How Anthony Azekwoh is extending the frontiers of digital artistry, using NFTs 

Temitope Akintade


Anthony Azekwoh
is one of the most visible and remarkable creators in Africa. He started out as a writer, to a now worldwide acclaimed digital artist. 

The 22-year-old is one of the adroit originators putting Nigeria, and Africa on the world showmap. With the use of 21st century technology, his world-class paintings and artworks have sold for thousands of dollars. A testament to how incredible his craft is.

In an interview with Technext, he shares his journey as an artist, and the boundless opportunities available in NFTs. 

Anthony Azekwoh
Anthony Azekwoh

According to him, it started in 2016 when his laptop broke. As an author at that time, he couldn’t write without the gadget (due to his not-so-good handwriting). This made him improvise. He took some leftover A4 paper in his parents’ house and started messing around with swirly designs. The rest they say, is history.

“As the years have passed by, I’m sculpting now. I believe people exist in multiplicities, everybody has different facets and that they choose to express themselves in. I feel like human beings can express themselves in whatever way they can.”

The revolutionary art technology 

The blockchain and by extension, NFT technology are becoming the most powerful tool of the 21st century. NFTs have given artists, musicians and content creators the platform to own their craft, and utilise it on all fronts. Anthony Azekwoh is a resourceful young African making use of this revolutionary technology.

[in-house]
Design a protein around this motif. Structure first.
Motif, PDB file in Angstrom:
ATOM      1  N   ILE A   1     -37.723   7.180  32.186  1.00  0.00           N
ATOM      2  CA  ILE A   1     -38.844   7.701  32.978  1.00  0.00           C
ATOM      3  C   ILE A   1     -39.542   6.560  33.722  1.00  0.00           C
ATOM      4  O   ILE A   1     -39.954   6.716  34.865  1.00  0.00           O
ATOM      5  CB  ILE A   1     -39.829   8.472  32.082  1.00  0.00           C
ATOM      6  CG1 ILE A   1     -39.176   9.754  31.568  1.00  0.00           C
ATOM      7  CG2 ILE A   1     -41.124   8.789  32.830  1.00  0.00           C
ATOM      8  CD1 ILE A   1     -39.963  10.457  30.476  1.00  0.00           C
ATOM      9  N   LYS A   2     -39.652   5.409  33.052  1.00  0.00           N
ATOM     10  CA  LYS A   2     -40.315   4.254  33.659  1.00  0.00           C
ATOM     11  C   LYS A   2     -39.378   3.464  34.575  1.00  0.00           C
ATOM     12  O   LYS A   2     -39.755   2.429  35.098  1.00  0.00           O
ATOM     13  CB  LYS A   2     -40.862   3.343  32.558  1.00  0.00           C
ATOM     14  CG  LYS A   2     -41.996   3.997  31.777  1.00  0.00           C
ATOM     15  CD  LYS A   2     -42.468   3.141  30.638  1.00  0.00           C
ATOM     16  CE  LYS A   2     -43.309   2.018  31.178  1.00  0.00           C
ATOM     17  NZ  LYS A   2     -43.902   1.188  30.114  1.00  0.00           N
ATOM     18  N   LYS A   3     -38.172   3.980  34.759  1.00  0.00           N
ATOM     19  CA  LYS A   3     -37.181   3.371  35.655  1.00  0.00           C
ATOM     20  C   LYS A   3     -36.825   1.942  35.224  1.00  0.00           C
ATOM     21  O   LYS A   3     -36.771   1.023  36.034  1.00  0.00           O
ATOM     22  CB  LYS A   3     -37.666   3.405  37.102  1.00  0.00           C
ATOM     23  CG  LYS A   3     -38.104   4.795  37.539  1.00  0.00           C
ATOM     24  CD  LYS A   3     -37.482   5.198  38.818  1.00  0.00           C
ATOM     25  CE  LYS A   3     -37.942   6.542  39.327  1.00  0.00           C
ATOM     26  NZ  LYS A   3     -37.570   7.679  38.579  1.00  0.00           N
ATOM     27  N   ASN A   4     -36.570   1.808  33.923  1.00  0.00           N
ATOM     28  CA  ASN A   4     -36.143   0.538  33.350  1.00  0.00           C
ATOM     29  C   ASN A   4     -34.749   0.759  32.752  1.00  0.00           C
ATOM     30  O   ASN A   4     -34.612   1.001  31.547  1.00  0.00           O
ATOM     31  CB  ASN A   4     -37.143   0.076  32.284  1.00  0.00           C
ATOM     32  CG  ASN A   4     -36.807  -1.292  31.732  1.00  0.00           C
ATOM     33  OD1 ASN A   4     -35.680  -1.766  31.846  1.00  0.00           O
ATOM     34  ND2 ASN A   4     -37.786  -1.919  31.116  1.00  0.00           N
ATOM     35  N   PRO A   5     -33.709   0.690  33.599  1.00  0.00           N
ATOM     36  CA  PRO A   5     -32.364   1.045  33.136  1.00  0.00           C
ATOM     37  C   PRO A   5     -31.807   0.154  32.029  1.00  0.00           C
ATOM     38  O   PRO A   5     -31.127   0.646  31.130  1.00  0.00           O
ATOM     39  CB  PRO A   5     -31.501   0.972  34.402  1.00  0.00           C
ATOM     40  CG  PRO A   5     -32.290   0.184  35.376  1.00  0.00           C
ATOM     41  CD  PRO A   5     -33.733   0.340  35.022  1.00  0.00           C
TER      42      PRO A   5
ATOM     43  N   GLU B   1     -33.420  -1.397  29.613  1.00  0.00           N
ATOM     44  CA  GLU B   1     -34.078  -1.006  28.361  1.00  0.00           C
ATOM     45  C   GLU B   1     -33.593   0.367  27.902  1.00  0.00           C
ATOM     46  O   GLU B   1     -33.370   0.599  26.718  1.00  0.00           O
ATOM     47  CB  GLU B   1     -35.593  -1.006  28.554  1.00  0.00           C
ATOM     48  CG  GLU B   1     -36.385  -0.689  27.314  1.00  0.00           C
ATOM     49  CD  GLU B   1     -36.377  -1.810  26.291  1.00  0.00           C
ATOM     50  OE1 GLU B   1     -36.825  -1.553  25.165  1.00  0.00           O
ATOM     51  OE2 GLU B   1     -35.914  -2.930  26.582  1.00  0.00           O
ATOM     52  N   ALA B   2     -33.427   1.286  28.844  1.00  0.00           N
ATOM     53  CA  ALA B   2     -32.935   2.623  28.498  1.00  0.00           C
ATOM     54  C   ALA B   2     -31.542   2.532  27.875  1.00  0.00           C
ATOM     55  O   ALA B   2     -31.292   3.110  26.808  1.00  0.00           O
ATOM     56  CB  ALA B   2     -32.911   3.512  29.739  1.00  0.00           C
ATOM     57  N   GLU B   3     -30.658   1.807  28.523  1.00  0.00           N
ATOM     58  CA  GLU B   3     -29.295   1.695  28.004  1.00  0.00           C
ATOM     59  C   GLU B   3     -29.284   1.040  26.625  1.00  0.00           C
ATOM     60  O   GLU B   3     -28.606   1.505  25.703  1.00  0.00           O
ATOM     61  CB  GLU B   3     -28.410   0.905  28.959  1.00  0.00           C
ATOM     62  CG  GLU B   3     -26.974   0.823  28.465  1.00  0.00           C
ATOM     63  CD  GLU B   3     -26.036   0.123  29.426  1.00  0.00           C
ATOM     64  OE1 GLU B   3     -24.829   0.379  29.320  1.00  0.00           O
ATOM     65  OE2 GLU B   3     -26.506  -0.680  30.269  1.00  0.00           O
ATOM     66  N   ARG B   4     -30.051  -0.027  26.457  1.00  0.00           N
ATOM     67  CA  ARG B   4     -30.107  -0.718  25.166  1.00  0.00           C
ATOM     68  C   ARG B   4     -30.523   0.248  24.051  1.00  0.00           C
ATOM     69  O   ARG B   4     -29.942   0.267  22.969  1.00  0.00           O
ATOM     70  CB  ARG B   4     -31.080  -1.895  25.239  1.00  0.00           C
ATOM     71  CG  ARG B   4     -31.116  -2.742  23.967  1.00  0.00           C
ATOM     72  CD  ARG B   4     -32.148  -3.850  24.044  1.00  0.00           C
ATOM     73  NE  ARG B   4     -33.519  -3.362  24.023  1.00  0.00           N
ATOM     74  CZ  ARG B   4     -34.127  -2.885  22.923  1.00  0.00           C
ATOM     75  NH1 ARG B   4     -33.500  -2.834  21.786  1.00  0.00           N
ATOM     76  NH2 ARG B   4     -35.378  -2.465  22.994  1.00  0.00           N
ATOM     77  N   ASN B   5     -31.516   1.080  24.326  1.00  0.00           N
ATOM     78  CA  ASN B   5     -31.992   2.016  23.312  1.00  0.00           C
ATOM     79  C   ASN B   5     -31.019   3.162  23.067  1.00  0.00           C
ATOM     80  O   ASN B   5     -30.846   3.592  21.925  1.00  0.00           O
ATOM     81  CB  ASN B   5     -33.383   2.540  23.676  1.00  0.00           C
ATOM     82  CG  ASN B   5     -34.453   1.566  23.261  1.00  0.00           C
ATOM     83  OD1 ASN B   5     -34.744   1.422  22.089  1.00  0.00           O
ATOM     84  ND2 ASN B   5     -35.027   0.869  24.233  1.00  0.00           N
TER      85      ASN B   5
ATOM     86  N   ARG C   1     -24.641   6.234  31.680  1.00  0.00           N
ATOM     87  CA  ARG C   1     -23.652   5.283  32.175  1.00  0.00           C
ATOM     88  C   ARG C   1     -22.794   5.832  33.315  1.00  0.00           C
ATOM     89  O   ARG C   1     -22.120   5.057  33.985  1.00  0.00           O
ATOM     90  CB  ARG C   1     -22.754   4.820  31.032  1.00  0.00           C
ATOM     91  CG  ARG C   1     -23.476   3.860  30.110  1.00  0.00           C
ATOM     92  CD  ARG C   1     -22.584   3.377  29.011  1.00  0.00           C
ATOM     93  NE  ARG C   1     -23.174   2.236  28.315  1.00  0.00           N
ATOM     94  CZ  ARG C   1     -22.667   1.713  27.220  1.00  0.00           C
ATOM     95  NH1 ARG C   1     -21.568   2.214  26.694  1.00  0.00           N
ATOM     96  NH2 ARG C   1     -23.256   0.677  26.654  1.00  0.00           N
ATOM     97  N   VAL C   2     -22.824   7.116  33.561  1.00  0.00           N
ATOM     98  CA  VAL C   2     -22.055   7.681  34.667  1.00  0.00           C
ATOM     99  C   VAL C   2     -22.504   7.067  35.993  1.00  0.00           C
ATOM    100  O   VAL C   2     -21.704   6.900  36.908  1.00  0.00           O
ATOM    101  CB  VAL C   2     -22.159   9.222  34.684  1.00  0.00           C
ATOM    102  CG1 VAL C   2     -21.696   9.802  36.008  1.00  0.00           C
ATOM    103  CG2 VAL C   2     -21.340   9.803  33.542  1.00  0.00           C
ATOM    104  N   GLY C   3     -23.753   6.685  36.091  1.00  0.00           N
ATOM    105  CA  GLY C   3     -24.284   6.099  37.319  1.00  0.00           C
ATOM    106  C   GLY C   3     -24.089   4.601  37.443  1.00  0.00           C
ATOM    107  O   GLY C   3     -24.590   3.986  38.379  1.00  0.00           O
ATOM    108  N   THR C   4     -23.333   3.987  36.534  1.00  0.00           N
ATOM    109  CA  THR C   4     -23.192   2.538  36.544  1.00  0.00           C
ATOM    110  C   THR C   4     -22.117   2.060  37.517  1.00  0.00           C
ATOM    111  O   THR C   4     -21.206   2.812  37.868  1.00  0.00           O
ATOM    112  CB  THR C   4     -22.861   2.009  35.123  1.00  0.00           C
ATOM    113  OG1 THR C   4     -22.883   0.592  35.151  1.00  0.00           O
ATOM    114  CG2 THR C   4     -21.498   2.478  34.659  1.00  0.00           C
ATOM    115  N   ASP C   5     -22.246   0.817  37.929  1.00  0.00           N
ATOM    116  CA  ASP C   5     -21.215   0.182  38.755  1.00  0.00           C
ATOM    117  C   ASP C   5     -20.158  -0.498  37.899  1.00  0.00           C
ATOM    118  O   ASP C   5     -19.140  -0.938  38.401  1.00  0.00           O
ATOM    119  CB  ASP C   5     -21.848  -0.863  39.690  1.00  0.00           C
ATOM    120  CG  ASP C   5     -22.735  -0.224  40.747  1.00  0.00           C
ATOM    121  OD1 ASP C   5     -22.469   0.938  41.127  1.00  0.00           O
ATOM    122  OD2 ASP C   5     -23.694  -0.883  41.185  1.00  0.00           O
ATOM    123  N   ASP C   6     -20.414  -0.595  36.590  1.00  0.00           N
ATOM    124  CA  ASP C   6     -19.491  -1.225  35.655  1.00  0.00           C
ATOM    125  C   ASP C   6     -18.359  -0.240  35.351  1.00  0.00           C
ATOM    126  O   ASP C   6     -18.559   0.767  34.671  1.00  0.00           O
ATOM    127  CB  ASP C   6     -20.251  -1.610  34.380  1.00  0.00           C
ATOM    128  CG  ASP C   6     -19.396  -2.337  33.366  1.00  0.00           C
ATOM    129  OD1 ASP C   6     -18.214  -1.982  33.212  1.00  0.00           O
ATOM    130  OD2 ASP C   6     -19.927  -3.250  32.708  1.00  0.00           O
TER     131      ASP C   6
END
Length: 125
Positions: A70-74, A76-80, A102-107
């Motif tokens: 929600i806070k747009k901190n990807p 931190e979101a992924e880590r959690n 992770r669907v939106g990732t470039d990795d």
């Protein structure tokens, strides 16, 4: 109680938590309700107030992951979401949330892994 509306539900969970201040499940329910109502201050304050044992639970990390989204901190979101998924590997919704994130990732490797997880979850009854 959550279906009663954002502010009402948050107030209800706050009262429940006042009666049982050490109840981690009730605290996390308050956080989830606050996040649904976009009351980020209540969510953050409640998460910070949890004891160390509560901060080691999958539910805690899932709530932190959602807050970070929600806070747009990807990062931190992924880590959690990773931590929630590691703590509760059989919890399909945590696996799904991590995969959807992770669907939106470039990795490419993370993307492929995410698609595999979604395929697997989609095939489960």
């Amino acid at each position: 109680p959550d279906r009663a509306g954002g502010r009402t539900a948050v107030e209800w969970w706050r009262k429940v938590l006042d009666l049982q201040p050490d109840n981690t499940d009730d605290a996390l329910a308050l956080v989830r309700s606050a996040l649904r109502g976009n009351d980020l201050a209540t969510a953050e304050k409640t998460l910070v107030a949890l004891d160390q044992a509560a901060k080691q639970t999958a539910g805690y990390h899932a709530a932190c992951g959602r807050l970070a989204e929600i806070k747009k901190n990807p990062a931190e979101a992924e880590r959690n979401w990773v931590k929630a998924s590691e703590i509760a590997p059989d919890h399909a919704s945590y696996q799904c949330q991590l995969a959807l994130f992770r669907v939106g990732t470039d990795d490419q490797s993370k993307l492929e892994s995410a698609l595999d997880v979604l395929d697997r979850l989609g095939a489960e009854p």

“I never thought this might work. I wasn’t a child when I was painting and writing. All of these things started when I was already fairly young. So, I always had this strong will of experimenting; seeing what works and doesn’t. After my NFT interest came about, my first drop was in March last year. And just seeing the success of it and being able to financially support myself was just very important to me so I think since till now it’s been a very huge impact in my life.”

Anthony Azekwoh took the internet by storm in 2020 when his artwork – ‘The Red Man’ sold for $25,000 as an NFT. He then became a viral sensation on social media and captured the attention of the global art community. He refers to that sale as the turning point of his artistic career, and it all goes down to originality and novelty. 

The Red Man artwork. Photo:anthonyazekwoh.com

“That’s the first time in a long time I was really painting for myself. I wasn’t trying to copy any of my idols, I wasn’t trying to be anyone, I was just trying to be myself and paint in the best way that I could. And that made all the difference. “The Red Man” painting changed everything for me.”

Albeit the entrepreneurial challenges in the Nigerian environment, Anthony Azekwoh has been on an upward spiral since then. Breaking boundaries and extending the frontiers of art revolution. 

“I would say that it’s a learning curve everyday. The landscape is always shifting so the main thing is having to learn to adapt. And just expressing myself, I feel like my journey so far has been more inward. Trying to find out what I’m trying to say and trying to do, and working from there.

His challenges have hinged on working in a relatively unfavourable place like Nigeria.

“They can wake up and ban the whole landscape. They banned Twitter, banned crypto. That was a wild wild time. But in all we keep pushing. Some way and somehow, it works itself out.”

There have always been controversies surrounding how underpaid and unappreciated artists, especially here in Africa, are. It is acclaimed that most creative geniuses do not really get what they deserve with their craft, and that exact problem is what NFT is fixing.

While responding to a question about what made him interested in NFTs, Anthony said: